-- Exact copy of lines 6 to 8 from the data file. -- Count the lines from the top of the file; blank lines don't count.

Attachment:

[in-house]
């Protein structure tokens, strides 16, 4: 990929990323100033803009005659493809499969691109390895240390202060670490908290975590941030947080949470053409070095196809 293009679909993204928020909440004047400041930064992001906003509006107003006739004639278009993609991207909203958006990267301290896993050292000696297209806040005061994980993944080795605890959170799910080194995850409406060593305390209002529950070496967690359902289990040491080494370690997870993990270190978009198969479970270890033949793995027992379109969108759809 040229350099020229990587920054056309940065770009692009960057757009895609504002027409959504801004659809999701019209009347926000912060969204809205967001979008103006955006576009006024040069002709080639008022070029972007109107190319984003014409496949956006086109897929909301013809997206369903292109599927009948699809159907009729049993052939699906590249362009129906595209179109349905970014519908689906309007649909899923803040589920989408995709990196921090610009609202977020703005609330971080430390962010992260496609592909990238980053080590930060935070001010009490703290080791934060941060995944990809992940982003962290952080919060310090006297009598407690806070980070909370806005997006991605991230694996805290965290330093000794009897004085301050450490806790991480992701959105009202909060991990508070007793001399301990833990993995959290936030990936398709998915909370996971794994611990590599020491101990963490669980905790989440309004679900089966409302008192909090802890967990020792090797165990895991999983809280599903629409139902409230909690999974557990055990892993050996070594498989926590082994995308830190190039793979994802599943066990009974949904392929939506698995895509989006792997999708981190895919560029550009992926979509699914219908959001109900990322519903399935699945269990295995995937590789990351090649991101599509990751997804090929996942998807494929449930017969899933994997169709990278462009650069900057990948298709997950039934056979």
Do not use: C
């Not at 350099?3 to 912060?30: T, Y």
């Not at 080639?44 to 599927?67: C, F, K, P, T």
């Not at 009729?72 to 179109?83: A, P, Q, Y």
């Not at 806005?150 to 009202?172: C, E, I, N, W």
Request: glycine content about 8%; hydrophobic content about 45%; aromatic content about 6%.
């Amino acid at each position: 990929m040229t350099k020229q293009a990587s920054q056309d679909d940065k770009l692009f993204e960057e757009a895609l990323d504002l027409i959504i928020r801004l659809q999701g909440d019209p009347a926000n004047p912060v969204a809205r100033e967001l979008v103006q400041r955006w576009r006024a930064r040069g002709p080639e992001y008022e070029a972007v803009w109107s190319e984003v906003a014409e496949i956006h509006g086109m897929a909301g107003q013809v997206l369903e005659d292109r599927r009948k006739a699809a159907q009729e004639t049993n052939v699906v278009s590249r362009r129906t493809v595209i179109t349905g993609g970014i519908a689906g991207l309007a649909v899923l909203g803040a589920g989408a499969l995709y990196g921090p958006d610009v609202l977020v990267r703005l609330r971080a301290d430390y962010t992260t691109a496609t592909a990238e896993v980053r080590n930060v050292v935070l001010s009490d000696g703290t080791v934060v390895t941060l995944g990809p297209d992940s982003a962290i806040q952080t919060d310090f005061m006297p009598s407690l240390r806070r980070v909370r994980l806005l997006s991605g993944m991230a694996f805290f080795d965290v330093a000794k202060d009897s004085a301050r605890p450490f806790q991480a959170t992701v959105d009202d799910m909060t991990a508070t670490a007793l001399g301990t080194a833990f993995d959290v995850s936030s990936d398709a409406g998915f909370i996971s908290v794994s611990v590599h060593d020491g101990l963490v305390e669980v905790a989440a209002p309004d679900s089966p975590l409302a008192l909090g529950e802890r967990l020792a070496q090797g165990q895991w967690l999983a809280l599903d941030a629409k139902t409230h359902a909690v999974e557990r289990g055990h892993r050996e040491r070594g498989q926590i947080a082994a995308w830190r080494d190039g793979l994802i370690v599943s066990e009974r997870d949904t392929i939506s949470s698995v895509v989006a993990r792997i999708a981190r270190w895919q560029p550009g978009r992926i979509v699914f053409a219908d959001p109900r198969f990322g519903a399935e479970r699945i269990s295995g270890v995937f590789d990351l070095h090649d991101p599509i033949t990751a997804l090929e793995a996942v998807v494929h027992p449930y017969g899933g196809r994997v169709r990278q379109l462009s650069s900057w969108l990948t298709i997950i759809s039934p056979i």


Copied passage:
């Not at 009729?72 to 179109?83: A, P, Q, Y």
């Not at 806005?150 to 009202?172: C, E, I, N, W």
Request: glycine content about 8%; hydrophobic content about 45%; aromatic content about 6%.